The most common symptom is the feeling of ‘something coming down’ or a feeling of vaginal heaviness/bulge, often after long walk or workout.

There are different types of pelvic organ prolapse and it is quite common to have more than one type of prolapse at the same time.

Pelvic organ prolapse types

Is there a way of preventing pelvic floor issues from happening during pregnancy?

Many of the factors associated with damage to the pelvic muscles are out of your control. For example, you are more likely to suffer with a weakened pelvic floor if there is a history of the condition in the family, or if you deliver your baby via a vaginal birth.

That said, there are a few things you can do to limit the amount of stress placed on your pelvic floor while you are carrying a child. Some of them relate to your lifestyle – for example, you should:

  • Try to maintain a healthy weight
  • Eat a well-balanced diet that is packed full of plenty of nutrients
  • Stop smoking
  • Avoid activities that place a lot of pressure on the abdomen, especially in the later stages of pregnancy
  • Avoid constipation
  • Get lots of rest
  • Drink plenty of water

You can also carry out a range of prenatal pelvic floor exercises that will help to keep the muscles strong and supple as your body undergoes important changes. Book an appointment at our clinic in Greenwich, and our women’s health physiotherapists will happily advise you on ways you can keep your pelvic floor in better shape throughout your pregnancy.  

Pregnancy stress incontinence

Treating pelvic floor issues after birth

At PelviCare, we have many years’ experience in assessing the extent of the damage, then sharing safe yet effective exercises that will strengthen your pelvic floor muscles and release tension in the area that could be exacerbating symptoms.

(Please note, you will normally need to wait at least 6 weeks after giving birth before starting your pelvic floor rehabilitation programme. Doing so will give the body time to heal and get ready for more strenuous movements again.)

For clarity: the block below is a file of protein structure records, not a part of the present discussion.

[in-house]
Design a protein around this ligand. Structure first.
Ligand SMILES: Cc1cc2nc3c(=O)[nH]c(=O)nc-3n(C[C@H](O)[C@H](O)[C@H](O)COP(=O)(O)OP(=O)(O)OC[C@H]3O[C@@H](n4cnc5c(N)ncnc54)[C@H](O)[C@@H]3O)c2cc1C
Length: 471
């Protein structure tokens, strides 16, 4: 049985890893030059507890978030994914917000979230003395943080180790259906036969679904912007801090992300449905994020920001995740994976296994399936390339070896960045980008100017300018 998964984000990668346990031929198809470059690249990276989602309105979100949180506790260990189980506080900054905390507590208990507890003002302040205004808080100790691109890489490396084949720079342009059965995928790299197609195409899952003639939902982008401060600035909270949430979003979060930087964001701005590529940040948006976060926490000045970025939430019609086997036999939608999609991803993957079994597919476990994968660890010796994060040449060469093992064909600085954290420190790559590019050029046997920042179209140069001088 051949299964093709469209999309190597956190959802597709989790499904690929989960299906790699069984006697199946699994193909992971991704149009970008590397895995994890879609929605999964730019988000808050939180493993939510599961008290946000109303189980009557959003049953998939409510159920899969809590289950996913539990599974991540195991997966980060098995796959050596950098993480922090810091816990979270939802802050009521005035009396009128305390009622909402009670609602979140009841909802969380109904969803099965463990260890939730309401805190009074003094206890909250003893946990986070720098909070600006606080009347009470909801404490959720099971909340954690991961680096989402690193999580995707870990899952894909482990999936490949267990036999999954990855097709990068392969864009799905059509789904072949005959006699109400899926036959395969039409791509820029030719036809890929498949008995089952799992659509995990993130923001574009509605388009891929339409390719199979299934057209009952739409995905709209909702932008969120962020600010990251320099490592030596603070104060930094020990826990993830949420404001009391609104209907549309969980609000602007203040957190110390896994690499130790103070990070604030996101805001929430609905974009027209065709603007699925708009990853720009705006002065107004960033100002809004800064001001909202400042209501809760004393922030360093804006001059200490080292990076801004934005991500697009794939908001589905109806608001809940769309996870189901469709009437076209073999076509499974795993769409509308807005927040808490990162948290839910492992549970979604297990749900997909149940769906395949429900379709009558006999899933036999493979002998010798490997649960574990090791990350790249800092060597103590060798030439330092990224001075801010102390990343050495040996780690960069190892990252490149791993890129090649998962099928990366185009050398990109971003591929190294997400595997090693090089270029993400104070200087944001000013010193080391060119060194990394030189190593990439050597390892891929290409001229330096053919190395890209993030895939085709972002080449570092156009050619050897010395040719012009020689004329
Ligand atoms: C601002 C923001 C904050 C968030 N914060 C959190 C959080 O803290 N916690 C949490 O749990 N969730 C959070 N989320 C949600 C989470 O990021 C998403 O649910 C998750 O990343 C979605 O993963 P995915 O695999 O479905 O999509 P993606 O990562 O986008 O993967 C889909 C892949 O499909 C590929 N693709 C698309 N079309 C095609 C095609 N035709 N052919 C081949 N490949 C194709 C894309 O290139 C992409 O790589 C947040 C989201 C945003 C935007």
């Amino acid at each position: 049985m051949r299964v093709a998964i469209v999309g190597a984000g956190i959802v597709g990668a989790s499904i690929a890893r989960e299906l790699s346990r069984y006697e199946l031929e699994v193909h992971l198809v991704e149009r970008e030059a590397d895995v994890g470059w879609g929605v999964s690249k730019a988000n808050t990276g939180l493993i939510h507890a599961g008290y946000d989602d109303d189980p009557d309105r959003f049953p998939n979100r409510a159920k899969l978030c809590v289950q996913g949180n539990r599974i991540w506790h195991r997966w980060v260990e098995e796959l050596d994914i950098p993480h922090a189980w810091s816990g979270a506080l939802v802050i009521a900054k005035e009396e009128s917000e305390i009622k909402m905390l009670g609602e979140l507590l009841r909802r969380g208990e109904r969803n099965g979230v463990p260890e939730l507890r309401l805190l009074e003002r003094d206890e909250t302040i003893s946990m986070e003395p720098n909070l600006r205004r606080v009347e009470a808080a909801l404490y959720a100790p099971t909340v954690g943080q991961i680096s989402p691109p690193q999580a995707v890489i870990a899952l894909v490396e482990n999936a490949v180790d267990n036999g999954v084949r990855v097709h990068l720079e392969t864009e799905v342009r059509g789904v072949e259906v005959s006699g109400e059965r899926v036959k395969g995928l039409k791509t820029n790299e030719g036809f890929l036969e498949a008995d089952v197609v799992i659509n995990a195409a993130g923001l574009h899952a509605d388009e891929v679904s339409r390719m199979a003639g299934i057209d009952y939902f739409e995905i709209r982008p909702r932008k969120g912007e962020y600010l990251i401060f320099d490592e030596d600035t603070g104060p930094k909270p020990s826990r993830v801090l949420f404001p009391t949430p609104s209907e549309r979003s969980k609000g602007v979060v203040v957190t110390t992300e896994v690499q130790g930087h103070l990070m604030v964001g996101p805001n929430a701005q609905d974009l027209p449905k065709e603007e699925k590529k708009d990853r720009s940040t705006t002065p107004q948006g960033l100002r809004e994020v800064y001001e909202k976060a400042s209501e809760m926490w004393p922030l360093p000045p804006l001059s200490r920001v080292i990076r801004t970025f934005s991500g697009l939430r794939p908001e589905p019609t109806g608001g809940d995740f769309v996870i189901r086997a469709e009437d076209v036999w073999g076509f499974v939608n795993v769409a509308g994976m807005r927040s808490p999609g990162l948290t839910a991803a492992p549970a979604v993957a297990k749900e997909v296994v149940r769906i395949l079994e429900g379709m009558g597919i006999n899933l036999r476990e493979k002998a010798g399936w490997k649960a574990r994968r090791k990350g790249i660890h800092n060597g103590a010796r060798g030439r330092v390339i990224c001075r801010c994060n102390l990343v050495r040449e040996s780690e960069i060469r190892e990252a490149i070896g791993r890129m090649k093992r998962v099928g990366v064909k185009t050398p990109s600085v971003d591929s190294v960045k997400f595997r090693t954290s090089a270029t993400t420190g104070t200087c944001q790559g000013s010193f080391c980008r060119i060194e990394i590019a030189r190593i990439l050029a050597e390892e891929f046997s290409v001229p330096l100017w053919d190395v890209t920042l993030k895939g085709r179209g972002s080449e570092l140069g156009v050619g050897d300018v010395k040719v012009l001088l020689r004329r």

Carrying out our recommended physiotherapy treatments for just a few minutes a day can make all the difference – as long as you are working with your muscles in the right way. Our pelvic floor specialists will teach you a series of low-impact, breathing-led techniques that you can practice at home, in-between your physio sessions.

Learn more about our pelvic floor therapies or contact us today to book an initial consultation with a member of our team.

Pelvic Floor after delivering

Will weak pelvic floor muscles get better on their own?

It is very unlikely you will see significant improvements without an intervention. Many women who do not take steps to strengthen and protect their pelvic floor muscles before and after childbirth find that they still suffer with pain, discomfort and pelvic-related conditions for years after the delivery.

Some may also wrongly believe that nothing can be done to improve their situation, and it just comes part and parcel with having children – but this could not be further from the truth! There are plenty of tried-and-tested exercises and therapies that can be used to combat the problem. 

Pelvic floor issues and trampoline

The full range of treatments on offer from PelviCare:

As women’s health specialists, we are proud to offer a fantastic range of diagnostic and physiotherapy services that are designed to aid your post-birth recovery and give you back your confidence, regardless of the pelvic issues you’re facing.